A tale about the future of love, war, and music, as told by a decapitated android.
Science fiction is the art of the future, yet we rarely come across a story that so cogently expresses the future of art as this one. Here, Jennifer Marie Brissett makes a real effort to imagine how beauty, and not just technology, will evolve along with our species. What does the music of tomorrow sound like, and can we still be moved by a song, even when it's torn from the lips of a brokenhearted android? - the Eds.
The ripples carried the head further up the river. Gently it drifted, impeded here and there by the side of some stone, only to be pushed along again by the rush of the flow. It finally found a resting place on the shore where the water ran quiet into a brown muddy clay. By the appearance of the stem, it was clear that it had been ripped away from some handsome body. The eyes remained peacefully closed, though, as if it were a young man only lightly asleep. What seemed like blood streamed from its veins and a kind of flesh dragged from its neck. There, if one was careful to look, were the remains of some circuitry, a line or two of wire, and a glowing diode still blinking lime green.
Little Maya, a child of no more than six or seven, played her weeping willow game nearby, a pastime of imaginings that allowed her to run and hide among the trees and rocks scattered across her father's land. She curved her back to imitate the low-hanging branches lining the river and swayed her body as if by the breeze. Then she envisioned herself large and able to lift root and trunk to stomp about and replant herself elsewhere. Her mother had long ago given up on the idea that her child would ever remain clean throughout the day. Into the wash her dress would go as soon as Maya returned home, as well as Maya herself into the bath for a long scrub. But for now it was all adventure and discovery. And such a discovery she would make this day.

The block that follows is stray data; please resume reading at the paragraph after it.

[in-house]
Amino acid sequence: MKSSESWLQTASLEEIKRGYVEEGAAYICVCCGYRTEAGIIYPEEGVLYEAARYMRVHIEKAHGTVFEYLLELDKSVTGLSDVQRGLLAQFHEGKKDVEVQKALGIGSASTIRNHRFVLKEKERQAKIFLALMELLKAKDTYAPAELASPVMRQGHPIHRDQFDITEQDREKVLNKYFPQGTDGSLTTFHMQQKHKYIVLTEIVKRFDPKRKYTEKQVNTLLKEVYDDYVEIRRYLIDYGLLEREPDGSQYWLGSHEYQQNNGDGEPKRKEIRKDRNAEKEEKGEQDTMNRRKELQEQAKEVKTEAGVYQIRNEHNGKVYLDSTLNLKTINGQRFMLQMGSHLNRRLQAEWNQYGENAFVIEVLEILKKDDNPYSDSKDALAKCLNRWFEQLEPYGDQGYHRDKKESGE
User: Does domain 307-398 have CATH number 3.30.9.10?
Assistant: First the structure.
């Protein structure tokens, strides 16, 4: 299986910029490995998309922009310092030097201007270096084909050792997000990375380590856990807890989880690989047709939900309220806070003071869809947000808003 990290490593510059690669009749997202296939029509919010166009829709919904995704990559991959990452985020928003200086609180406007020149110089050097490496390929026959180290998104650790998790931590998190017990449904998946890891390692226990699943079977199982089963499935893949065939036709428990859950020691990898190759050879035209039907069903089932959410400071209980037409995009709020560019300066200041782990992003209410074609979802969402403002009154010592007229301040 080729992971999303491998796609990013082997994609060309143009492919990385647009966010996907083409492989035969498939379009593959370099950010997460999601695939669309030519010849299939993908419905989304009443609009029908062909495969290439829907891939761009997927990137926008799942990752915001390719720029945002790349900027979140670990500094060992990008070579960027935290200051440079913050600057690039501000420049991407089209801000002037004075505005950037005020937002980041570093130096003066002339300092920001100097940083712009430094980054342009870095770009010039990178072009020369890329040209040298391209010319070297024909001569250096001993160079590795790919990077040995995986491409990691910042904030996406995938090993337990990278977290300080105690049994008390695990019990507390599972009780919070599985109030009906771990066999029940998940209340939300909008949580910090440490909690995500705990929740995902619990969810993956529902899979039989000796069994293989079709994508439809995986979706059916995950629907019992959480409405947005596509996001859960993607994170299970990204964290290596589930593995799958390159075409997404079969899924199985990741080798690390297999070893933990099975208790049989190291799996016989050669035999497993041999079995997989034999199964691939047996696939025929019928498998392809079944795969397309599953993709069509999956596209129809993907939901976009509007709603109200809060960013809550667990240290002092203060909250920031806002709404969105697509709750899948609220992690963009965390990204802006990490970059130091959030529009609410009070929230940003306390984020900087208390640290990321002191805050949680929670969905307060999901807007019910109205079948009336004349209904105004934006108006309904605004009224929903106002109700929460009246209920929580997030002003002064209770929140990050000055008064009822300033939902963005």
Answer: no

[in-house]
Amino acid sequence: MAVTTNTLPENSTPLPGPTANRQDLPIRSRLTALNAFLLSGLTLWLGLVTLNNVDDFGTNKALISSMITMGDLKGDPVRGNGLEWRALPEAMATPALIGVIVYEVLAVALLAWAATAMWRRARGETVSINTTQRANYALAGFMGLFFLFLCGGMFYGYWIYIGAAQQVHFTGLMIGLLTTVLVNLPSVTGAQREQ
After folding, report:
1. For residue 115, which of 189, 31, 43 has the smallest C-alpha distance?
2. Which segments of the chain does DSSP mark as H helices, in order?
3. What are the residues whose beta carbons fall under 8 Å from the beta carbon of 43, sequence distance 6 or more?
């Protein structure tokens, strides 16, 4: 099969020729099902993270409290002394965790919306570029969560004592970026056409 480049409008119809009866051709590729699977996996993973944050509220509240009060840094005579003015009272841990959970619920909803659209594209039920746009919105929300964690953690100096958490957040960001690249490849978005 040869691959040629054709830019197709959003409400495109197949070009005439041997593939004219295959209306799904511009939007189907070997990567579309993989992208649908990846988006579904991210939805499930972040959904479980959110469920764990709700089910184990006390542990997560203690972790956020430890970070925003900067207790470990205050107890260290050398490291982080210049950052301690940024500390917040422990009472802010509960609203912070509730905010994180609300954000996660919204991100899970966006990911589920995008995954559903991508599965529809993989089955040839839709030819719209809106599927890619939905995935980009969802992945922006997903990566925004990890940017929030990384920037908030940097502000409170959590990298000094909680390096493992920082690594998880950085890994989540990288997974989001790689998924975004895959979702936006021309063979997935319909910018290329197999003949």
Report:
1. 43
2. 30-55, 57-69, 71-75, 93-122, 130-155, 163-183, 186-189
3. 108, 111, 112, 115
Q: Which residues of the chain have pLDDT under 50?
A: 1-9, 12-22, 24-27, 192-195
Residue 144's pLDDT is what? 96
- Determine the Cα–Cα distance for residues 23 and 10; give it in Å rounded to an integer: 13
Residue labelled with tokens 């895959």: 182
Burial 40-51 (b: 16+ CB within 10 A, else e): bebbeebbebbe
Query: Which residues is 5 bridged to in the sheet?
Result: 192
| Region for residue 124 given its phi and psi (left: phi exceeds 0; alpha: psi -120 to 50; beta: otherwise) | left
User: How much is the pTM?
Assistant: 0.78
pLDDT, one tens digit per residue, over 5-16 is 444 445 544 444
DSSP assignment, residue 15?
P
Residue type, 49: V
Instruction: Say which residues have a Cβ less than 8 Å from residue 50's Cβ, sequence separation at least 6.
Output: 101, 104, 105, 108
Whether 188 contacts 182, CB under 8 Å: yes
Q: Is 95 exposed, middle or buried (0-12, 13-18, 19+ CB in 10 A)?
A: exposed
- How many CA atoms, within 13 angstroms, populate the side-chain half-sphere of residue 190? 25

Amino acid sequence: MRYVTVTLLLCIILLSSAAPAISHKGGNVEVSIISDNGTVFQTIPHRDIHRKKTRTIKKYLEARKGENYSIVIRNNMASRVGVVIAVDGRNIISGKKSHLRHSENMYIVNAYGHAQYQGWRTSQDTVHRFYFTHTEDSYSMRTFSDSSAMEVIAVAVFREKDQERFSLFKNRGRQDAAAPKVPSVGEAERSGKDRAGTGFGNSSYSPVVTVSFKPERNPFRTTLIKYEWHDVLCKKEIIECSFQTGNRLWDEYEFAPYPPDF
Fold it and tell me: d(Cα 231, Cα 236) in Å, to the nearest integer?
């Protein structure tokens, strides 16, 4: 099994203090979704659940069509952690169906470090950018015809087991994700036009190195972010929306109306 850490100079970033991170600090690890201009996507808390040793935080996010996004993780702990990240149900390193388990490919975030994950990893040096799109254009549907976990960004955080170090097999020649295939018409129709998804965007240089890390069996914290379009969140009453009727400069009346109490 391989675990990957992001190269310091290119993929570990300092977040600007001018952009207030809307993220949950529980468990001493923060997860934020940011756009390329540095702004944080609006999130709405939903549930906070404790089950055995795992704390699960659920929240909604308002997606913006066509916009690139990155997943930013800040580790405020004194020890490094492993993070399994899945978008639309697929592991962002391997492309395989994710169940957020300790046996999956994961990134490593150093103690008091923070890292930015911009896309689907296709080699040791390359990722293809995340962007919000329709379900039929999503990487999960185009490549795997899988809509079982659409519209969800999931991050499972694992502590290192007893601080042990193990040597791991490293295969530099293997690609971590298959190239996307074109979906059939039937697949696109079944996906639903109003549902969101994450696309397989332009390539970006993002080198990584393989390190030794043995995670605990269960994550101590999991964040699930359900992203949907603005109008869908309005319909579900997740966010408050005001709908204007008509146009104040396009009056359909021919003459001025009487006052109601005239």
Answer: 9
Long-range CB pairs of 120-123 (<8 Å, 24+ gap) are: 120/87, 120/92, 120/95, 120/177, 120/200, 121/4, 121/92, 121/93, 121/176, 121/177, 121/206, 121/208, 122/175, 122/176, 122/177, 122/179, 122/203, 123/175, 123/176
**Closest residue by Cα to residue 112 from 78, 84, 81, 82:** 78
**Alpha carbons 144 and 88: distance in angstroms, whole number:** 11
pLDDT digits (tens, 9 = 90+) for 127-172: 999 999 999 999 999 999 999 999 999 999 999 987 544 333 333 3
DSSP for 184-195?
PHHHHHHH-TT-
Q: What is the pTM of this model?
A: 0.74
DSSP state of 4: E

She heard singing by the river and ran to the edge and there she found the head pushed up into the mud.
"Hello," Maya said.
The head opened its eyes and stared back at the little girl standing above it and replied, "Hello."
"Where's your body?" Maya asked, lifting her arms to the sky as if the answer could be found there.
"I don't suppose I have one anymore," the head answered.
"Oh, I'm sorry."
"Thank you," it said. "It's not your fault."
Then she poked gently at its nose with her index finger. The eyes moved slightly and fluttered.
"May I move you away from the water? You don't look that comfortable there."
"Yes, I would quite appreciate that."